“Surround yourself with the dreamers and the doers, the believers and the thinkers, but most of all, surround yourself with those who see greatness within you even when you don’t see it yourself.”
You might recall that archivist Ruth Bryan has been a media darling of late because of the silver plated tea set discovered in Keeneland Hall. Kentucky Educational Television’s (KET) answer to Antiques Roadshow, Kentucky Collectibles, did a feature on the tea set. It was expected to air today.
In her research, Ruth became intimate with Emily Post’s book, Etiquette. Post describes in great detail the art of high tea for which, one assumes, the Keeneland Hall tea set was used. Last week, Ruth asked if any of us would be interested in a Post style high tea while viewing the KET episode. Any excuse for a party, right? A different kind of party at that.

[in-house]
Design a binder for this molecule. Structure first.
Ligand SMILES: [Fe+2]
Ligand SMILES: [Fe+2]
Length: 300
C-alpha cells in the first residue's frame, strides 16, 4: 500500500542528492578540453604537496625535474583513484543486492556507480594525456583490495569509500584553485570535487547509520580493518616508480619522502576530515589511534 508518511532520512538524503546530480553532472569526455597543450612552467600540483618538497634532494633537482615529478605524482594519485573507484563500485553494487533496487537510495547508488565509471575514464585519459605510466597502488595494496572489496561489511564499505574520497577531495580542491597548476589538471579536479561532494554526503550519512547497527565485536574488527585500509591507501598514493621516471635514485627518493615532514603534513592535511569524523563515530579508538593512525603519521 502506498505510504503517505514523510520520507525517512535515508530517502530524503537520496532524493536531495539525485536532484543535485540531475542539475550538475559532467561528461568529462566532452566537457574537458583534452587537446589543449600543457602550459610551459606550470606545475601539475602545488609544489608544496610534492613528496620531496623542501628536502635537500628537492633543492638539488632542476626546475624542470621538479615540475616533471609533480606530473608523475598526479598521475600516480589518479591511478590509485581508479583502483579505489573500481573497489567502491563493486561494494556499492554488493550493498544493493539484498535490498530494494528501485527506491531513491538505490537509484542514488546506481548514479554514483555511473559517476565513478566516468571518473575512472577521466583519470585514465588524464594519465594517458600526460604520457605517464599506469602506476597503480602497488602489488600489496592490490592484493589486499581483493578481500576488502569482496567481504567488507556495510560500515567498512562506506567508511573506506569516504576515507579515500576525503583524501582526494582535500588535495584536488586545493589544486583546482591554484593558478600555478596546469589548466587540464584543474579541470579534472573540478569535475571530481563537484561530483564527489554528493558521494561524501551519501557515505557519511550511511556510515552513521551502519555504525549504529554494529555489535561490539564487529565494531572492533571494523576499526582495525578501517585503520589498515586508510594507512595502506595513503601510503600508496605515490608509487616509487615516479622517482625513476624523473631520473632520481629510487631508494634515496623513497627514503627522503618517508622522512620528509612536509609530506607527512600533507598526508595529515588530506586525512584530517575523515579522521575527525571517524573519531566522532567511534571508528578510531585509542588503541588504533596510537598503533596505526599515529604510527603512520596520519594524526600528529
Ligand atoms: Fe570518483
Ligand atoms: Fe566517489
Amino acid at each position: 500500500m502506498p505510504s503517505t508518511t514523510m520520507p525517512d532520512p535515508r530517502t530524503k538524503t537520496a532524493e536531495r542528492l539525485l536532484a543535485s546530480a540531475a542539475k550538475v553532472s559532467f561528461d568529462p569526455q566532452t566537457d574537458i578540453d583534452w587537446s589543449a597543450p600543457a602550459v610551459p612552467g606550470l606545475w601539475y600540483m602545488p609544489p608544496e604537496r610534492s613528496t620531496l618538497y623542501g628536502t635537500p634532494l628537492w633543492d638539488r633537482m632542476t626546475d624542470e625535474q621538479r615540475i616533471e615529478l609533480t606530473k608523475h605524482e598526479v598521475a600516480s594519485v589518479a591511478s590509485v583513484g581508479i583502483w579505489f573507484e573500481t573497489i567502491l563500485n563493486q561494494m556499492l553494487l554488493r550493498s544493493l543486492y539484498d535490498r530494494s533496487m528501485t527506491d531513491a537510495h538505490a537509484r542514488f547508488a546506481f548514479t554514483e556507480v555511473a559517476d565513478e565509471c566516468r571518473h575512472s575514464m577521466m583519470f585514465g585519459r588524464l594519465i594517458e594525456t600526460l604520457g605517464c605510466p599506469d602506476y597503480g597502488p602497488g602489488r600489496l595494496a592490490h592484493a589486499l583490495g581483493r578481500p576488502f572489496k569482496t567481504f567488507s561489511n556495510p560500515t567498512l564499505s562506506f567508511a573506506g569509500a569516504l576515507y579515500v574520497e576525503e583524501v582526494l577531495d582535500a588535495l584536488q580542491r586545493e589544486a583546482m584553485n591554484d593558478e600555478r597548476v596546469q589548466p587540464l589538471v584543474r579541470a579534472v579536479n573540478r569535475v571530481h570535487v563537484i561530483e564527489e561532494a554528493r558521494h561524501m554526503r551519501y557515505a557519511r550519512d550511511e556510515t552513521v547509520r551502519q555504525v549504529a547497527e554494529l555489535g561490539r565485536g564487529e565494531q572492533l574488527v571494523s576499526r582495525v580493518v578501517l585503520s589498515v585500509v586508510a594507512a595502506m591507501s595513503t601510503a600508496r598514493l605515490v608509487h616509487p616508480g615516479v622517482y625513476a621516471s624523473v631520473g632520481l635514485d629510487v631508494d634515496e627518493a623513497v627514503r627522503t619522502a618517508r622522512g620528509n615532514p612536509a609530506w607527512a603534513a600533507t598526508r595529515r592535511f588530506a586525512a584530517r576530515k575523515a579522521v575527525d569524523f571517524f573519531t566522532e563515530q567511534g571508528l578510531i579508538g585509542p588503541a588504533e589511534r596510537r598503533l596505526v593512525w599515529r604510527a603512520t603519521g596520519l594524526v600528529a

Becky Ryder and Gordon Hogg opened their home to the gathering. Ruth, Kazuko Hioki, Judy Sackett (supplies from Gail Kennedy in tow), Deirdre Scaggs, Stacy Yelton, and myself chipped in finger foods and other tea appropriate treats, in addition to a variety of delicious teas and beautiful tea pots.
Having closely read Post’s chapter on high tea etiquette, Ruth guided us through protocols for dress, serving, hosting, timing; virtually every aspect of what it was like decades ago when social teas were common.
The bad news was KET did not air Ruth’s segment, so we didn’t get to see it (yet). The good news was we learned a lot about how ladies (and select gentlemen) used to entertain. We sampled delicious teas and foods. We had an opportunity to appreciate fine china: both Deirdre and Ruth brought pieces once belonging to their grandmothers. Most importantly, at least for me, I had the chance to spend time with people who are very smart and eager to learn new things. They’re also kind and funny and generous and, after today, highly caffeinated. Who knew high tea could be so entertaining. Any day with these bright women (and Gordon) is a great day for me.